sports science: tennis players use math for net gains

Who knew? Your favorite tennis star may also be a master of Bayesian probability theory, according to a study in the Jan. 15 Nature. Konrad P. Kording and Daniel M. Wolpert of University College London report that the sort of visual and spatial judgments a good tennis player’s brain has to make when she or he returns a serve are based on mathematical principles formulated by Thomas Bayes over 200 years ago. (Bayesian theory, which concerns how outcomes are affected by prior knowledge, helped give rise to modern statistics.) The researchers tested people playing a computerized game that required them to point to where they thought a target sphere would land, similar to a tennis player having to judge an opponent’s shot. It appears that good players not only used information on what they saw around them, but also used judgments they had made about variations in the speed and trajectory of the ball from previous trials.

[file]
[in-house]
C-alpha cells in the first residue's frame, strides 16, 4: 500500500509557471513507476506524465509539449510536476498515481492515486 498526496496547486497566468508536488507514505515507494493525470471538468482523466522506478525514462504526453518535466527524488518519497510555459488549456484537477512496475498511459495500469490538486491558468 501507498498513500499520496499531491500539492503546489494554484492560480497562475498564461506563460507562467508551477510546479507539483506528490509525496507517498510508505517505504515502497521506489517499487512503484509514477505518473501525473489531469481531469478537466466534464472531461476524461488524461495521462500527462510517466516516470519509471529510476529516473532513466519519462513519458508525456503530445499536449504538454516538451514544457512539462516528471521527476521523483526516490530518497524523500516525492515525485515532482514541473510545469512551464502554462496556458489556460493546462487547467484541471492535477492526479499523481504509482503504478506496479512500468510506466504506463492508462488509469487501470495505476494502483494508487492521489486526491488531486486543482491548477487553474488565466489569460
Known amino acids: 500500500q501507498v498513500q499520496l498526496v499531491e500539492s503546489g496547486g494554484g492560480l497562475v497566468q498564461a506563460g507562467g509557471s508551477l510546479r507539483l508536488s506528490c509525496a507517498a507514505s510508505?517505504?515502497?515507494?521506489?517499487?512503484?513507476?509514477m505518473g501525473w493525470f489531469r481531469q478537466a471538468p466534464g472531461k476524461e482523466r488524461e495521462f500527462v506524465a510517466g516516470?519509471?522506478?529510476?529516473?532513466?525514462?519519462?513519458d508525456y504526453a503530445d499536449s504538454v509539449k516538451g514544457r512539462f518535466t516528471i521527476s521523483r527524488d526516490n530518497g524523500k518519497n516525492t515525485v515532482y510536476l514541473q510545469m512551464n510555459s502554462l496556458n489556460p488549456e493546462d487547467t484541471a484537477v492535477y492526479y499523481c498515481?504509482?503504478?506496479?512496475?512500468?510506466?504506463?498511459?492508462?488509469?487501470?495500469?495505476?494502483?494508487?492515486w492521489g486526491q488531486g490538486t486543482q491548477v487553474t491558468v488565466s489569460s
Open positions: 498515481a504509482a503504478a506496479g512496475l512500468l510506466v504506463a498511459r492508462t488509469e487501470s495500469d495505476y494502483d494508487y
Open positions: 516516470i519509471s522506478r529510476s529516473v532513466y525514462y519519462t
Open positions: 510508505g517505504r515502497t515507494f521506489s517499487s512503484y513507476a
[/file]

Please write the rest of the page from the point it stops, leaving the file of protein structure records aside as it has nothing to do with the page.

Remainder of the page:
This news brief appeared in the Discoveries column of the Boston Globe’s Health/Science section on 1/20/2004.
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